Where ecumenism is concerned, however, I think we often confuse wanting to highlight the things we share with wanting to gloss over the things that still divide us. The ARCIC statements have indicated areas of agreement between Catholics and Anglicans, but areas of agreement are not enough, in and of themselves. We seek truth; and although we rejoice in the mutual charity and understanding we now enjoy, we know we still have a long way to go. It is something we have to work at, not just assume has already happened or doesn’t much matter. From a Catholic perspective, the schism between East and West is the most important breach in the unity of the Church and the one that most needs healing. Here in England that may not be so obvious because we tend to think solely in terms of Anglicanism, Non-Conformity, and Roman Catholicism (though the Eastern Catholic Churches are here, too).

Newman’s feast day is a good day for thinking and praying about these things. How we understand unity; what we mean by authority; the sacramental tradition; the role of Scripture and Tradition; these are all important questions, to be approached with humility. Important though they are, there is something we need to remember even more. It is not clever arguments but love which makes one holy. It is also, incidentally, what wins the hearts and minds of others.

Personal note
I trust my Anglican friends know how much I love and value them. I am a Catholic by conviction, as they are Anglicans by conviction; but we know we are not yet one in faith and practice.Facebooktwitterredditpinterestlinkedintumblrmail

The Immaculate Conception and Ecumenism

Last year, in this blog post, I tried to explain, as simply as I could, what this feast is about. For days afterwards the monastery inbox was filled with questions about Catholic devotion to Our Lady and the scriptural basis of the various doctrines attached to her name. What struck me was the amount of sheer ignorance about Marian doctrine even among those who were theologically well-read. It was not malicious ignorance, it wasn’t intentional in any way; it just was; and it reminded me that there is often a huge gulf in perception between, say, Catholics and Orthodox on the one hand, and ‘everyone else’ — a gross simplification, for which I apologize, but I don’t know how else to express it.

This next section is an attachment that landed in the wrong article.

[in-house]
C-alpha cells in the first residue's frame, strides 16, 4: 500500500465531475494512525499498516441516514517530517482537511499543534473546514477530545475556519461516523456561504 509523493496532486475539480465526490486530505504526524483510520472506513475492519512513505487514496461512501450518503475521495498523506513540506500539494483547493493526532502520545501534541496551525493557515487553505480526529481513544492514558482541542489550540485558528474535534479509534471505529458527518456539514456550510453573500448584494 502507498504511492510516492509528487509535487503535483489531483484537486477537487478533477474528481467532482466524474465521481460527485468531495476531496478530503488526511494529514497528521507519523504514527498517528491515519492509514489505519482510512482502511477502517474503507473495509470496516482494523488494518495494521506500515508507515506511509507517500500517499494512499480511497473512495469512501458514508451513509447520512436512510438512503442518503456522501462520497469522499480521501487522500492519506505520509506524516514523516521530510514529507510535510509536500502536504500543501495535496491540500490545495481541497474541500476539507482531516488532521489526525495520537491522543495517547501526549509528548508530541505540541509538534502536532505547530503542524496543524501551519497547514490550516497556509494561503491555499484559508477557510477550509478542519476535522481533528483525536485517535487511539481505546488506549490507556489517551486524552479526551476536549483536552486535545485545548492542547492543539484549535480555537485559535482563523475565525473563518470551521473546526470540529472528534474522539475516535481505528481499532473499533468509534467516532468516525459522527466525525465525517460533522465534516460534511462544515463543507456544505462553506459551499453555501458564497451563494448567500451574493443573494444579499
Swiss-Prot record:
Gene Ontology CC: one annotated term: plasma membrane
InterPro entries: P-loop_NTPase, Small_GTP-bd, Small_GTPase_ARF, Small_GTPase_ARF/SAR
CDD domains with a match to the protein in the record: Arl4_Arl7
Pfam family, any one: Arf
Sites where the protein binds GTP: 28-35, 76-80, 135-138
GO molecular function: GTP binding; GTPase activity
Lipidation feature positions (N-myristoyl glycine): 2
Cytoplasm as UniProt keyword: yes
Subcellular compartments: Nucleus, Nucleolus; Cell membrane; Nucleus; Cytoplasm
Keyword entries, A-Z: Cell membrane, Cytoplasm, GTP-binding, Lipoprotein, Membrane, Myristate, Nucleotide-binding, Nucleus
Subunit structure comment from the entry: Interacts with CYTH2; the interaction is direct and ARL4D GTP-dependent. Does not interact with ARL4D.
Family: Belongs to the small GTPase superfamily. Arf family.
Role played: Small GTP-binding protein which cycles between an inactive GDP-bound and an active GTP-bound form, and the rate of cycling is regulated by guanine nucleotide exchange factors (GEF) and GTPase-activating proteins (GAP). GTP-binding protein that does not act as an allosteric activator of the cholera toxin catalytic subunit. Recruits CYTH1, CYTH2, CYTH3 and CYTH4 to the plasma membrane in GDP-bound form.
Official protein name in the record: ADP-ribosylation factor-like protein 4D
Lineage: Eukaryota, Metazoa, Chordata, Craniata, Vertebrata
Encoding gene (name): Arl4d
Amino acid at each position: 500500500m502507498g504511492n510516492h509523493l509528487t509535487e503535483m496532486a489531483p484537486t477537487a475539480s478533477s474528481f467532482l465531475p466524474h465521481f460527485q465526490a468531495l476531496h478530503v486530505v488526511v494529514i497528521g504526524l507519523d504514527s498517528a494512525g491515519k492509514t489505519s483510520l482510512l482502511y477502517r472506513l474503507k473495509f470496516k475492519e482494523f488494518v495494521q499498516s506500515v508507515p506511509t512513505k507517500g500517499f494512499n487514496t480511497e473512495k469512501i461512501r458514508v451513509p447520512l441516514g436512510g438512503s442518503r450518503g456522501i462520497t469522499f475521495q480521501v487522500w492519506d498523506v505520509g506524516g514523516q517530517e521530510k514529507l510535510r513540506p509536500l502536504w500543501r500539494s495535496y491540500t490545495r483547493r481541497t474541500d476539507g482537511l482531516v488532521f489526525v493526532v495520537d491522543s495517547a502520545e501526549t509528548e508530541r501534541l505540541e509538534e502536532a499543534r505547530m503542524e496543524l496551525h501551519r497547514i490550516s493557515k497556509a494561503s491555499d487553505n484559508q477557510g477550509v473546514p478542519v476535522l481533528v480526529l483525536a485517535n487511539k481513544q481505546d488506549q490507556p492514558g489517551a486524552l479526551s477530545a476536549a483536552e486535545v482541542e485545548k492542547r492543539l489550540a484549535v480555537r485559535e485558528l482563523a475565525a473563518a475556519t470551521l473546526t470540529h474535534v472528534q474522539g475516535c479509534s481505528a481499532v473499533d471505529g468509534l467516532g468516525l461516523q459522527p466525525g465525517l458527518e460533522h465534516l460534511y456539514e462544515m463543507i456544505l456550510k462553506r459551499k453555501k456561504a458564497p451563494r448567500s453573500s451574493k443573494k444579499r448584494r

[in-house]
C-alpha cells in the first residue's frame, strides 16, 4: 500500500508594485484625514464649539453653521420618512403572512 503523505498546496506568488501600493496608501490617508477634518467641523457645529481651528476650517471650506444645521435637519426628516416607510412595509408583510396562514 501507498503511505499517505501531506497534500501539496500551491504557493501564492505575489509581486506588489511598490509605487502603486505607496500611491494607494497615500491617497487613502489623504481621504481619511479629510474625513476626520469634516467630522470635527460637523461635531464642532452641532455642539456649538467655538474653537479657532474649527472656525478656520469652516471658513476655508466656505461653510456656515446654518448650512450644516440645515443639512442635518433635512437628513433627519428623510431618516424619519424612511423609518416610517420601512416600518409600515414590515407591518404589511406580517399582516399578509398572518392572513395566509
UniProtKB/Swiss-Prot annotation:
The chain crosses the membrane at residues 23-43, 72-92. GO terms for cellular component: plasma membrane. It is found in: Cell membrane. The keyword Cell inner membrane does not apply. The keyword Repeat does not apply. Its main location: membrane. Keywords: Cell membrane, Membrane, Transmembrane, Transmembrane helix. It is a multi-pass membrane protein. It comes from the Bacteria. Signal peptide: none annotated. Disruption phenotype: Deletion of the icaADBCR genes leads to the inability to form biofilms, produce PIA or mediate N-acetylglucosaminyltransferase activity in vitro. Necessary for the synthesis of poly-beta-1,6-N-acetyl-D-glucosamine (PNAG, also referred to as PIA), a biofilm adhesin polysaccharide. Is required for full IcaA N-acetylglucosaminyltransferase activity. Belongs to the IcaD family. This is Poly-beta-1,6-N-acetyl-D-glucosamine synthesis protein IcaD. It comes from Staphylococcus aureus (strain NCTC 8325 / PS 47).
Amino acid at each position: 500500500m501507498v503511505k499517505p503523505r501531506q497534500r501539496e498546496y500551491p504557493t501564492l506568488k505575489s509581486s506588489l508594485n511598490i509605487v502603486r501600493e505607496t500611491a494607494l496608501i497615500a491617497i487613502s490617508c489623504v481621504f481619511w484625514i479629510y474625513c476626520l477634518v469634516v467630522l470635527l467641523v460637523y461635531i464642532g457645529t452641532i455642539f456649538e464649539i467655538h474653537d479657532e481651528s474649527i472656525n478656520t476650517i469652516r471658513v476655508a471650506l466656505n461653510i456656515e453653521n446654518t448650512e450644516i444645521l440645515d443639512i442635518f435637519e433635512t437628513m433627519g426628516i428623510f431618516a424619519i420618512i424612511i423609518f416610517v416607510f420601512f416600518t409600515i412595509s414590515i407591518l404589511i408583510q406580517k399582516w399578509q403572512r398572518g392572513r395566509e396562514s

I wonder whether it is this kind of gulf that, practically speaking, that makes ecumenical understanding quite arduous at times. Despite the ancient division between us, Catholics and Orthodox have an understanding that goes beyond words. We’re like old cousins who share the same family history and can be comfortable with each other, even though we have gone along divergent paths. If pressed, we’ll stand together, even if at other times we have the most unholy scraps. There is not always the same ease with members of other Churches. It isn’t liturgical custom or ritual which matters so much as that shared belief which underpins and shapes the liturgy itself.

I know I have not put this very well, and speed readers in particular may take great offence at what they think I am saying, but this feast of Our Lady is a good one on which to ask a fundamental question about Christian unity. I think we often have different understandings and different expectations. Because we already share so much we can be inclined to minimalize the differences. Early in the new year we shall again be dedicating an octave of prayer to attaining the unity for which Christ prayed. It is not too early to start asking ourselves whether we are praying for what Christ prayed, or something else.Facebooktwitterredditpinterestlinkedintumblrmail